The mallards brave the foaming waves at the shore, even in winter (Photo: Mark Seth Lender)
New England winters can be harsh even in a good year – yet some mallard ducks brave the cold and pounding surf at the shoreline. Living on Earth’s Resident Explorer Mark Seth Lender watches their struggles against wild wind and water.
CURWOOD: It may have been relatively warm up in far northern latitudes, but in New England, especially along the coastline, there’s been a fair share of cold and storms and blizzards. That may have tempted many of us to huddle ‘round the fire, but our resident explorer, Mark Seth Lender, has been observing wintering mallards, who’ve been having a tough time.
[SOUNDS OF DUCKS AND CRASHING WAVES]
LENDER: The weather has it in for them. Mostly the wind and the waves that follow auguring no good thing to come. There will be storms. And here, in the shallows where the surface tears itself apart, no leaning to, no calm. For the mallards, no respite anywhere.
The sea rolls, high and hard breaking. They stoop, low, and pull through the tumult and the roar, in a backlit spray of water. Tipped, like so many listing ships. Before they can right themselves the swell picks them up once more, and the ocean pours over them. In the spitting, the white rasping anger of the sea they bob and dip and tuck themselves in. And the water, a horizontal waterfall, tosses and toys with them like sticks, like sodden leaves, not live and feeling things, chasing, racing, crowding them towards shore.
But shore is not what they want. They cleave instead to a middle ground, between rough water and the sand. They hover, as best they can, above the rocks where the weed is green and crusted with tiny and delicious things, to nourish against this hard time of the year. Against their will they are carried away and cannot feed because they cannot hold there, and the cold bores into them.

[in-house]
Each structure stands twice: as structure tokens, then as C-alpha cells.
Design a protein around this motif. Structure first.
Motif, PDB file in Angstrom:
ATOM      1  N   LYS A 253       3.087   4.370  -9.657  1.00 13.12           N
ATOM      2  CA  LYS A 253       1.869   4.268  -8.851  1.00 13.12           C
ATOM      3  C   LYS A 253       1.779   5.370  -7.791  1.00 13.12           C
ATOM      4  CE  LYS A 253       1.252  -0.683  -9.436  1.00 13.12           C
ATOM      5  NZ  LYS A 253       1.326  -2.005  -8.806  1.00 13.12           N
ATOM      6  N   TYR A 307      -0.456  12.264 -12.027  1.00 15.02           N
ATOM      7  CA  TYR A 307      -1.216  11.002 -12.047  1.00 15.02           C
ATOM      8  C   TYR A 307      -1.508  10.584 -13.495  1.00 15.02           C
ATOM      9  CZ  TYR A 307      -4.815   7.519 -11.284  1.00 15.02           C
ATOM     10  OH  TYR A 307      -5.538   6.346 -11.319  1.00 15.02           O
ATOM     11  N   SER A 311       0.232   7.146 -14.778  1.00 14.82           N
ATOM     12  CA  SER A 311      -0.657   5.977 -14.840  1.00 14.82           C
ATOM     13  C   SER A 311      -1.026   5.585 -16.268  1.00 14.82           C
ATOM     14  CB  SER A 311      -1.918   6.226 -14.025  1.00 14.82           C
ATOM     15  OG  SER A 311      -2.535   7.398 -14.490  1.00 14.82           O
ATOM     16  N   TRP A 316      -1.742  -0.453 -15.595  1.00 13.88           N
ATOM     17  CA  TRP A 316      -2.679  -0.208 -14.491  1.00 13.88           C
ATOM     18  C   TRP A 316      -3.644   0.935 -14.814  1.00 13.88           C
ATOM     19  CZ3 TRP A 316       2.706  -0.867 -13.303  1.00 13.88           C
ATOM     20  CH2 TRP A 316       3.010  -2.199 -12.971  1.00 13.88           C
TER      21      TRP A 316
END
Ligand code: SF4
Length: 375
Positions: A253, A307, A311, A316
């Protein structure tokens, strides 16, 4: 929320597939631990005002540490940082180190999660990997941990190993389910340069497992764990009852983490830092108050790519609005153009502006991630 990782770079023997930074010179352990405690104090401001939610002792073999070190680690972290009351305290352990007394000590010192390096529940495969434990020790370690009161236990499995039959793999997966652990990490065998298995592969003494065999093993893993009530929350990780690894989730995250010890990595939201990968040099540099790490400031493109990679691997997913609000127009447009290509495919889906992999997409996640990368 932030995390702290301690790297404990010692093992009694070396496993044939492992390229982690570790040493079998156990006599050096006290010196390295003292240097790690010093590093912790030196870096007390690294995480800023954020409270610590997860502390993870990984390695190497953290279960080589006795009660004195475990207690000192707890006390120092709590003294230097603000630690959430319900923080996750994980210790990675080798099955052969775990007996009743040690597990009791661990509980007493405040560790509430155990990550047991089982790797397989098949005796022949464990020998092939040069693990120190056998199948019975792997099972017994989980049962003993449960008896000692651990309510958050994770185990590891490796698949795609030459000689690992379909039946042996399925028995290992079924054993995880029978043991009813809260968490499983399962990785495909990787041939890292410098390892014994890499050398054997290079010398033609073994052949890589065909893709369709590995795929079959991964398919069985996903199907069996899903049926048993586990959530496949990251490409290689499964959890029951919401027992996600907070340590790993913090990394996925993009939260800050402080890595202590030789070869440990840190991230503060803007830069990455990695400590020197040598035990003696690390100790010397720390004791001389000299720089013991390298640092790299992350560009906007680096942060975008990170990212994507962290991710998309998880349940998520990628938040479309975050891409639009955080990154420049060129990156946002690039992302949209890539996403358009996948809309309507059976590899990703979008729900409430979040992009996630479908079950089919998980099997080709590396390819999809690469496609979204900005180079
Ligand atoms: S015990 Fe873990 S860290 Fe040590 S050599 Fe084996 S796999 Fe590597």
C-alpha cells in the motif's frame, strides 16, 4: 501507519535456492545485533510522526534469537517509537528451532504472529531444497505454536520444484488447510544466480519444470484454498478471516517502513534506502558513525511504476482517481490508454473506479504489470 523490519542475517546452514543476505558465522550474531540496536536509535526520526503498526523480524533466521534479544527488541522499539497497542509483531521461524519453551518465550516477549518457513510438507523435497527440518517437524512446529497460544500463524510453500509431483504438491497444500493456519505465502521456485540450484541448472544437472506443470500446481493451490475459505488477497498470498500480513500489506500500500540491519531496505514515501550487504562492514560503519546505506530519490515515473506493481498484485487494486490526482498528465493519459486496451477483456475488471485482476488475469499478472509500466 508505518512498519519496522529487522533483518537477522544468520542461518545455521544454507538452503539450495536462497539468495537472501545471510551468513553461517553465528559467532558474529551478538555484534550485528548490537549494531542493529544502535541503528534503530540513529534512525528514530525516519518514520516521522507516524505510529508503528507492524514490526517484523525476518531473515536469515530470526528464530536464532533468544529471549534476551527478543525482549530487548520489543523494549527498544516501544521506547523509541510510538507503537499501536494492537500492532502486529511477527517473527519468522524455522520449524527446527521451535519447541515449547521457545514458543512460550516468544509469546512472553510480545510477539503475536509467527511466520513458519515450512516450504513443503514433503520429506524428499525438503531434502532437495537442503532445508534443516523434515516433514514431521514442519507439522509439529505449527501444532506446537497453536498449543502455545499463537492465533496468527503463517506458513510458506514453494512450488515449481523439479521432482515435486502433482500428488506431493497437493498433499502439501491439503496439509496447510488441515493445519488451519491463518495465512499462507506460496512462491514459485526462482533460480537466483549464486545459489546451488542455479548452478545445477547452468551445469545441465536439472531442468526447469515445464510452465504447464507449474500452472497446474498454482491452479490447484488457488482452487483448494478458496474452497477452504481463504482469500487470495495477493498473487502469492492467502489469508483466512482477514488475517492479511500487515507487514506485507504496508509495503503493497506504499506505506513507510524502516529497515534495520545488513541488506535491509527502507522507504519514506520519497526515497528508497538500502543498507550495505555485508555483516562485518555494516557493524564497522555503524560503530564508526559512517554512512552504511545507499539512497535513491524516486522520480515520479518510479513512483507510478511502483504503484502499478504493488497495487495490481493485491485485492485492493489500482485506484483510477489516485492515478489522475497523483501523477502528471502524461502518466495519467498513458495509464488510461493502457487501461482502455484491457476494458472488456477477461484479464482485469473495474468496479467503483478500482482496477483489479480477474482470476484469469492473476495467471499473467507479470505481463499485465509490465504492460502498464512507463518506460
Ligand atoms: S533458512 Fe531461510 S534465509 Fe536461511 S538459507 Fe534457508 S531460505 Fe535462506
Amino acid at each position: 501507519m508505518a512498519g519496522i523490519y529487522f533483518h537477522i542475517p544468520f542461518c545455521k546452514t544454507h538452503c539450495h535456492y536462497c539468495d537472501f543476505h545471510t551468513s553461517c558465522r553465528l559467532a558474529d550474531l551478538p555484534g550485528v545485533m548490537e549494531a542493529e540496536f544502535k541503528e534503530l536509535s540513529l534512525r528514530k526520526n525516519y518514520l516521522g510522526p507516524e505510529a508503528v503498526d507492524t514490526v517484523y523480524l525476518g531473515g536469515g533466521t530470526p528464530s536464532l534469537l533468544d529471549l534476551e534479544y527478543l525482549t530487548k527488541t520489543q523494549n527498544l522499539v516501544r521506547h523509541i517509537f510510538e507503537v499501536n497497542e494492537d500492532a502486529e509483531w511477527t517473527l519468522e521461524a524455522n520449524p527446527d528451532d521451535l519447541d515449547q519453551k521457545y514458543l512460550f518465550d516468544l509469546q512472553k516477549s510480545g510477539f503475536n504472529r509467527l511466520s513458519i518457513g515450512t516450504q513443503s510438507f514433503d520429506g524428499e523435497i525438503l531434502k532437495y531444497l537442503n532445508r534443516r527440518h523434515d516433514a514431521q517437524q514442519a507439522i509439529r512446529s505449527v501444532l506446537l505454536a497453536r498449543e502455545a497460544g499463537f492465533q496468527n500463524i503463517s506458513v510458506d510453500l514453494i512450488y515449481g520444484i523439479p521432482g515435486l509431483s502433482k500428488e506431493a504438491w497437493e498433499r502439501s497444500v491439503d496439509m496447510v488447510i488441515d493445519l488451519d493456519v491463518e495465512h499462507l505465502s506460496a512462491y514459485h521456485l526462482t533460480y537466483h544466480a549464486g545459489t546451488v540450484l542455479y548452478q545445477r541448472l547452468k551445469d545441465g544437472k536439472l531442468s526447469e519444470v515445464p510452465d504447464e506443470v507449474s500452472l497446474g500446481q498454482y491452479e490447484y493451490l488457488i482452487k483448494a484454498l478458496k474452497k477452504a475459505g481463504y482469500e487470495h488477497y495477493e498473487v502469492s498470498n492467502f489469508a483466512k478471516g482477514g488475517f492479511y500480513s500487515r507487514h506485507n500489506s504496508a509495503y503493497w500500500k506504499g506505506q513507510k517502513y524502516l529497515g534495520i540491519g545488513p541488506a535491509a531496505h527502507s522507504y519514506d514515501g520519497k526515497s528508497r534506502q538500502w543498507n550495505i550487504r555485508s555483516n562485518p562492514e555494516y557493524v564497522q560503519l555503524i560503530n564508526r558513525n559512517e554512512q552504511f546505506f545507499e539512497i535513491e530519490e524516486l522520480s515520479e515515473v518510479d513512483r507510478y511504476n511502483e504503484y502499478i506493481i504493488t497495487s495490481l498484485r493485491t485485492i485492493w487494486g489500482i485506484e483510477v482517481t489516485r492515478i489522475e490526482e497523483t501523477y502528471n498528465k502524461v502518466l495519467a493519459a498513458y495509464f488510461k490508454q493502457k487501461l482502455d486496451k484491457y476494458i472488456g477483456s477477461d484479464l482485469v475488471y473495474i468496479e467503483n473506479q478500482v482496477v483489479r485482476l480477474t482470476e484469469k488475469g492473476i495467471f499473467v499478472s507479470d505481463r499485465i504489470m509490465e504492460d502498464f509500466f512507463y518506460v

And again they rove through the rough and the roar and the shirring foam. They shake their heads and face into the wind.
Mallards leave the water for the air at as hard an angle as flight will sustain towards the fog-bound sun. Then wheel and glide, their back-peddling wings like feathered oars. And down onto the sand. They shrug, the drakes, their heads bright green and violet glistening. That patch of purple-blue like semaphore on the hens’ drab flanks.
They turn, their flight feathers tucked around their shoulders, and trudge inland.
[WAVES CRASHING, MALLARDS QUACKING]
CURWOOD: Mark recorded the waves and these hardy mallards. You’ll find some photos at our website, LOE.org.
[MUSIC: Paul Winter Consort, “Icarus” https://www.youtube.com/watch?v=xbGGIBTnCXA]
CURWOOD: Next time on Living on Earth, the president promises the Keystone pipeline will guarantee American energy security. But opponents say that’s not true.
KLEEB: This pipeline would open up a huge superhighway to export tar sands to the export market. This is not about, you know, providing tar sands to America.
CURWOOD: The hurdles still facing Keystone XL. And that’s next time, on Living on Earth.
Living on Earth wants to hear from you!
P.O. Box 990007
Boston, MA, USA 02199
Donate to Living on Earth!
Living on Earth is an independent media program and relies entirely on contributions from listeners and institutions supporting public service. Please donate now to preserve an independent environmental voice.
Sailors For The Sea: Be the change you want to sea.
Innovating to make the world a better, more sustainable place to live. Listen to the race to 9 billion
The Grantham Foundation for the Protection of the Environment: Committed to protecting and improving the health of the global environment.
Energy Foundation: Serving the public interest by helping to build a strong, clean energy economy.
Contribute to Living on Earth and receive, as our gift to you, an archival print of one of Mark Seth Lender's extraordinary wildlife photographs. Follow the link to see Mark's current collection of photographs.
Buy a signed copy of Mark Seth Lender's book Smeagull the Seagull & support Living on Earth